Diagram showing each stage in the accounting cycle

A Beginner’s Guide to The Accounting Cycle

Financial statements are critical to business owners. Without them, you wouldn’t be able to do things like plan expenses, secure loans, or sell your business.

But how are financial statements created? Through the accounting cycle (sometimes called the “bookkeeping cycle” or “accounting process”).

The accounting cycle is a multi-step process designed to convert all of your company’s raw financial information into financial statements.

What’s the purpose of the accounting cycle?

The proper order of the accounting cycle ensures that the financial statements your company produces are consistent, accurate, and conform to official financial accounting standards (such as IFRS and GAAP).

In short, an accounting cycle makes sure that all of the money passing through your business is actually “accounted” for.

If you need a bookkeeper to take care of all of this for you, check out Bench. We’ll do your bookkeeping each month, producing simple financial statements that show you the health of your business.

Steps of the accounting cycle

There are lots of variations of the accounting cycle—especially between cash and accrual accounting types. Some have eight, nine steps, or even ten steps. For simplicity’s sake, we’re going to divide it into six steps.

Bench-Accounting-Cycle-Captions-2

The six steps of the accounting cycle:

1. Analyze and record transactions 2. Post transactions to the ledger 3. Prepare an unadjusted trial balance 4. Prepare adjusting entries at the end of the period 5. Prepare an adjusted trial balance 6. Prepare financial statements

Accounting Cycle Step One: Analyze and Record Transactions

Step 1: Analyze and record transactions

In the first step of the accounting cycle, you’ll gather records of your business transactions—receipts, invoices, bank statements, things like that—for the current accounting period. These records are raw financial information that needs to be entered into your accounting system to be translated into something useful.

Recording entails noting the date, amount, and location of every transaction. Next, you’ll break down (or analyze) the purpose of each transaction. For example, if a receipt is from Walmart, was it office supplies? Restocking the office kitchen? Or maybe some stuff for the company vehicle? The details you provide are essential for step one.

Accounting Cycle Step Two: Post Transactions to the Ledger

Step 2: Post transactions to the ledger

Next, you’ll use the general ledger to record all of the financial information gathered in step one.

The ledger is a large, numbered list showing all your company’s transactions and how they affect each of your business’s individual accounts. Your accounts are how you bucket transactions. Here are some common examples.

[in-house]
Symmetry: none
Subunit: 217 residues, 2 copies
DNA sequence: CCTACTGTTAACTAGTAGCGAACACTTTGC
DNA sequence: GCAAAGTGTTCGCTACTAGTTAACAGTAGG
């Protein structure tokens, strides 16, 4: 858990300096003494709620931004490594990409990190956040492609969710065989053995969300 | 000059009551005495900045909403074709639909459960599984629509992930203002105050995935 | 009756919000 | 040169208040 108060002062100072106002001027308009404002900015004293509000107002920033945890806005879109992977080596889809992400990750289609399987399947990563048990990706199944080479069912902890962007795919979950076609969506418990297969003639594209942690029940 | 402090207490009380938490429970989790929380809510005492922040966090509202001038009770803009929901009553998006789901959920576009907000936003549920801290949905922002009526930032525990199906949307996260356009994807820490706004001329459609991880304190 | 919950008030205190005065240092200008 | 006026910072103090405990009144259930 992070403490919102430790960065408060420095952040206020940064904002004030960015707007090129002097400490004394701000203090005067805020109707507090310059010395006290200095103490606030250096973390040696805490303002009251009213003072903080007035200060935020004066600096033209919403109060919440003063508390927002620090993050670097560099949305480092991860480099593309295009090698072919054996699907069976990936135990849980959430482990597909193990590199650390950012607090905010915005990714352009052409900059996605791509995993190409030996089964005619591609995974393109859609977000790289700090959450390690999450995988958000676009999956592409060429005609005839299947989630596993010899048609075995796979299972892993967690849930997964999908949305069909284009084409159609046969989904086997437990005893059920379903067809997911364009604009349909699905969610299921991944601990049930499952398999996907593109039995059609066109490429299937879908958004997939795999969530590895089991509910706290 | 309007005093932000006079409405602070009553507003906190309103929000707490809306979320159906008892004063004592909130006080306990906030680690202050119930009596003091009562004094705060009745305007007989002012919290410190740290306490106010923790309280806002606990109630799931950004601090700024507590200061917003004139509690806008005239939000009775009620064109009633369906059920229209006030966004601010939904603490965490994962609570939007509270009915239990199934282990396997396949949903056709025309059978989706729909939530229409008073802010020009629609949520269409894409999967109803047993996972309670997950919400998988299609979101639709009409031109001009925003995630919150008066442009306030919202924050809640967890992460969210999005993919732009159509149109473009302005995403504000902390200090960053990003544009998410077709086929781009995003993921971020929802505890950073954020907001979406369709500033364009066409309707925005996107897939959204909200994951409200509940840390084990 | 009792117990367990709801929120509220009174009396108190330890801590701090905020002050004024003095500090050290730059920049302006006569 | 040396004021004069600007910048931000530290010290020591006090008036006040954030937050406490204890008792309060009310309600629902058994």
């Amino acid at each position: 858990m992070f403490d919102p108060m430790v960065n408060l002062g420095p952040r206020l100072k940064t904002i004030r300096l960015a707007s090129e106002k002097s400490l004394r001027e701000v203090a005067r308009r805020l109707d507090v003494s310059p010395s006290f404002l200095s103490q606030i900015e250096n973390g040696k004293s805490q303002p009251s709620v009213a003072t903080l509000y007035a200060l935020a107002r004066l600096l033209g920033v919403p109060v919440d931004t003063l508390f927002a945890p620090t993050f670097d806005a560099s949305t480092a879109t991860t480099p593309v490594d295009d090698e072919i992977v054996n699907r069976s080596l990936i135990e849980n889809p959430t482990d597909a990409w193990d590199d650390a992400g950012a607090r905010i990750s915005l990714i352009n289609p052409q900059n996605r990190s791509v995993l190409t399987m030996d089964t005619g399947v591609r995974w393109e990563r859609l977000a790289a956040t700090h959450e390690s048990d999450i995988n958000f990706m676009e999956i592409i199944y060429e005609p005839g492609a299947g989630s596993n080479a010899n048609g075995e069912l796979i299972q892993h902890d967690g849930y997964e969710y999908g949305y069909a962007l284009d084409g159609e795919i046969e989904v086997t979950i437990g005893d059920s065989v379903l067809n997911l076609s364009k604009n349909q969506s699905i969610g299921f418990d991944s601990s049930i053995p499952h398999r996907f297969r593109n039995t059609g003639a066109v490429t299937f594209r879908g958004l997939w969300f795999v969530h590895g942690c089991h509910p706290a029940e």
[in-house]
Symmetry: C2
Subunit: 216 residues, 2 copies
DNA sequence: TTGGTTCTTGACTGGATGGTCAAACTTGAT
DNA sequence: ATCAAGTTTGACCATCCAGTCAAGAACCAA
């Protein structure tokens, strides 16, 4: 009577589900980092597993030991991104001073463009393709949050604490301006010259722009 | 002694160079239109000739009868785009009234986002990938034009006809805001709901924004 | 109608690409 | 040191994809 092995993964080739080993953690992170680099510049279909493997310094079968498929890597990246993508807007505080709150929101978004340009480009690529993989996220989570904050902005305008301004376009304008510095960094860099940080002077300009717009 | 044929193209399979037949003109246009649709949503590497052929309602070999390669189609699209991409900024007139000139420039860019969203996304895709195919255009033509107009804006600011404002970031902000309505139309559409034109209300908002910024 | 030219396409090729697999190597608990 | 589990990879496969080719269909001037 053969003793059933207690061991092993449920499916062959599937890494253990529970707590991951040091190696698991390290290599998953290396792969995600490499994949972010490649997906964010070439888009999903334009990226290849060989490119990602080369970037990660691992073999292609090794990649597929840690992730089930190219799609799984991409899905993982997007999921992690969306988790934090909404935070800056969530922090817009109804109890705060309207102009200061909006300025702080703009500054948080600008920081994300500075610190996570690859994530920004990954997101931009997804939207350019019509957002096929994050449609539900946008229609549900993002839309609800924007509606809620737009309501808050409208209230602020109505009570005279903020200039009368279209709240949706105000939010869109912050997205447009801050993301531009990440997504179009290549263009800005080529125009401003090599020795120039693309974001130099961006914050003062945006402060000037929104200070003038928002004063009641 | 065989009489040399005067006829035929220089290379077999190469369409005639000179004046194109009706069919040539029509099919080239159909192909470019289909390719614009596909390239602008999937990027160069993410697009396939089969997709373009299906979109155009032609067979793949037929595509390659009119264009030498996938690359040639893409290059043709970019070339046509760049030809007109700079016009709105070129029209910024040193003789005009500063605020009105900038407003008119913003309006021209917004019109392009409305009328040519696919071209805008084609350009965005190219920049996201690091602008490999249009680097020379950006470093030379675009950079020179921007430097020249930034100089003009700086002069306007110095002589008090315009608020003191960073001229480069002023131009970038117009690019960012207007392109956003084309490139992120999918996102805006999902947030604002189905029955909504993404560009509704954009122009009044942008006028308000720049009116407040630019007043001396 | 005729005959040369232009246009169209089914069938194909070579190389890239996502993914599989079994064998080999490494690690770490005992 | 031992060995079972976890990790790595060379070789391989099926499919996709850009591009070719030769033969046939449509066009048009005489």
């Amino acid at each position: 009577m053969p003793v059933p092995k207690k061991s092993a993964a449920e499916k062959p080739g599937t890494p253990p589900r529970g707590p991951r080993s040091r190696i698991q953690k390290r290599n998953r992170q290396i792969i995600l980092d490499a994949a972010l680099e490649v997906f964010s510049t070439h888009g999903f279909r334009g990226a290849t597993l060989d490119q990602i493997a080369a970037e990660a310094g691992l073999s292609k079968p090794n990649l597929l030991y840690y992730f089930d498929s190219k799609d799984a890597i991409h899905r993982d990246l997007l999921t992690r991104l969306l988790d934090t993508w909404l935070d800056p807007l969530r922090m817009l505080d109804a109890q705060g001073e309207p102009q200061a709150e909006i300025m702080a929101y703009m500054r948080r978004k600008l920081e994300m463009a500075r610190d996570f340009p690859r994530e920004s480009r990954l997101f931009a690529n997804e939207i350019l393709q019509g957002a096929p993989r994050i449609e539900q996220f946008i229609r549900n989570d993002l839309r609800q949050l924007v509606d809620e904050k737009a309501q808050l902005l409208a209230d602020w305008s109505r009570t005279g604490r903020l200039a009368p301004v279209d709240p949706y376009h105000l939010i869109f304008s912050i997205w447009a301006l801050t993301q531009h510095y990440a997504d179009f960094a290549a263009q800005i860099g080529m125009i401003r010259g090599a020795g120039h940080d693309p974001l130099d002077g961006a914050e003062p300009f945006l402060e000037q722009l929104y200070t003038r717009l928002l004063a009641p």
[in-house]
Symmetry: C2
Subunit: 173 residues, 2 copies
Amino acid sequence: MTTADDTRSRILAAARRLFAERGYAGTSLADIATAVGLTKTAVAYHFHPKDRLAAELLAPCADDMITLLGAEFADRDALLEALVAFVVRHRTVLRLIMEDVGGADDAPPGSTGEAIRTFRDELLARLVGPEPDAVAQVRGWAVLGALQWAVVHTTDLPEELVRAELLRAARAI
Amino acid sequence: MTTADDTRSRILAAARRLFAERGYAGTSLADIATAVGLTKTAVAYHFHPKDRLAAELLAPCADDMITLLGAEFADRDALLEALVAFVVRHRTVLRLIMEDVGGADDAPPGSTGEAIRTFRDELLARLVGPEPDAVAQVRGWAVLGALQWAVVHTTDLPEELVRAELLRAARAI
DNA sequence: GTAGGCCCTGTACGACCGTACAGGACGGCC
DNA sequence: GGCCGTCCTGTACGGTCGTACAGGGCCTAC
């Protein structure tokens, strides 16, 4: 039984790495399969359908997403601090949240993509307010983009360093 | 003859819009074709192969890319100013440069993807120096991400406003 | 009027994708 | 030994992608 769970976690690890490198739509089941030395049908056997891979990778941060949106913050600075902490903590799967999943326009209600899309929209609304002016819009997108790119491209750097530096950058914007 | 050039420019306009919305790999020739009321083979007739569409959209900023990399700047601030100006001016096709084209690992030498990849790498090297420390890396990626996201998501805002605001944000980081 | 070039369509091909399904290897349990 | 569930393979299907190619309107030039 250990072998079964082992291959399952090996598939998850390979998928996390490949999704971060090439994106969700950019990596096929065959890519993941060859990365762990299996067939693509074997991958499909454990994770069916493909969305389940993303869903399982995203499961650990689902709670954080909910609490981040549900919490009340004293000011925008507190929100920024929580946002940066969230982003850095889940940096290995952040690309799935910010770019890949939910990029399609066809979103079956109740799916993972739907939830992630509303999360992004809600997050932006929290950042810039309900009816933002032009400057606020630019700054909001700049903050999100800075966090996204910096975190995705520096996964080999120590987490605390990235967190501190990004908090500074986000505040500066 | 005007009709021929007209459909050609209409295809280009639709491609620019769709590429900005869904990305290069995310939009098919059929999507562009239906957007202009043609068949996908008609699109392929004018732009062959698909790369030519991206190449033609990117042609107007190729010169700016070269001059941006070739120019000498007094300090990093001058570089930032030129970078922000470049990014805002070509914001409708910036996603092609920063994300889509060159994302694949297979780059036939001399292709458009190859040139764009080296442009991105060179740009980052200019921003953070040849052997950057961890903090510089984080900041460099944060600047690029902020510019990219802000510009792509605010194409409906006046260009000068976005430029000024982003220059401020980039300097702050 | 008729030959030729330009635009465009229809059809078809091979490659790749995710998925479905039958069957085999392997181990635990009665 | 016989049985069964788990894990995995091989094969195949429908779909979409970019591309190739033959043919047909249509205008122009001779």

The general ledger is like the master key of your bookkeeping setup. If you’re looking for any financial record for your business, the fastest way is to check the ledger.

The ledger is composed of journal entries, which list all of a business’s financial activity in chronological order. Journal entries must be recorded according to the rules of double-entry accounting (or double-entry bookkeeping). Whenever a transaction occurs, journal entries must be made in two parts: a debit and a credit.

Simply put, the credit is where your money is coming from, and the debit is what it’s going towards. If you buy some new business cards, for example, your marketing expense account is debited, and your bank account is credited. Or, if you receive a payment, your sales revenue is credited while your bank account is debited.

Once you’ve converted all of your business transactions into debits and credits, it’s time to move them into your company’s ledger.

Journal entries are usually posted to the ledger as soon as business transactions occur to ensure that the company’s books are always up to date.

If you use accounting software, posting to the ledger is usually done automatically in the background.

Accounting Cycle Step Three: Prepare an unadjusted trial balance

Step 3: Prepare an unadjusted trial balance

At the end of the accounting period, you’ll prepare an unadjusted trial balance.

The first step to preparing an unadjusted trial balance is to sum up the total credits and debits in each of your company’s accounts. These are used to calculate individual balances for each account.

An unadjusted trial balance brings all of these totals together in one place and looks something like this:

Mr. Magorium’s Wonder Emporium Trial Balance October 31, 2020

Detail Debit Credit
Cash 11,670 -
Accounts receivable - -
Prepaid insurance 2,420 -
Supplies 3,620 -
Furniture 16,020 -
Accounts payable - 220
Unearned consulting revenue - 3,000
Notes payable - 6,000
Mr. Magorium, capital - 20,320
Mr. Magorium, withdrawals 300 -
Consulting revenue - 6,800
Rental revenue - 320
Rent expense 1,000 -
Salaries expense 1,400 -
Utilities expense 230 -
Total $36,660 $36,660

According to the rules of double-entry accounting, all of a company’s credits must equal the total debits. If the sum of the debit balances in a trial balance doesn’t equal the sum of the credit balances, that means there’s been an error in either the recording or posting of journal entries.

If you use accounting software, this usually means you’ve made a mistake inputting information into the system.

Searching for and fixing these errors is called making correcting entries.

Accounting Cycle Step Four: Preparing Adjusting Entries at the End of the Period

Step 4: Prepare adjusting entries at the end of the period

Once you’ve made the necessary correcting entries, it’s time to make adjusting entries.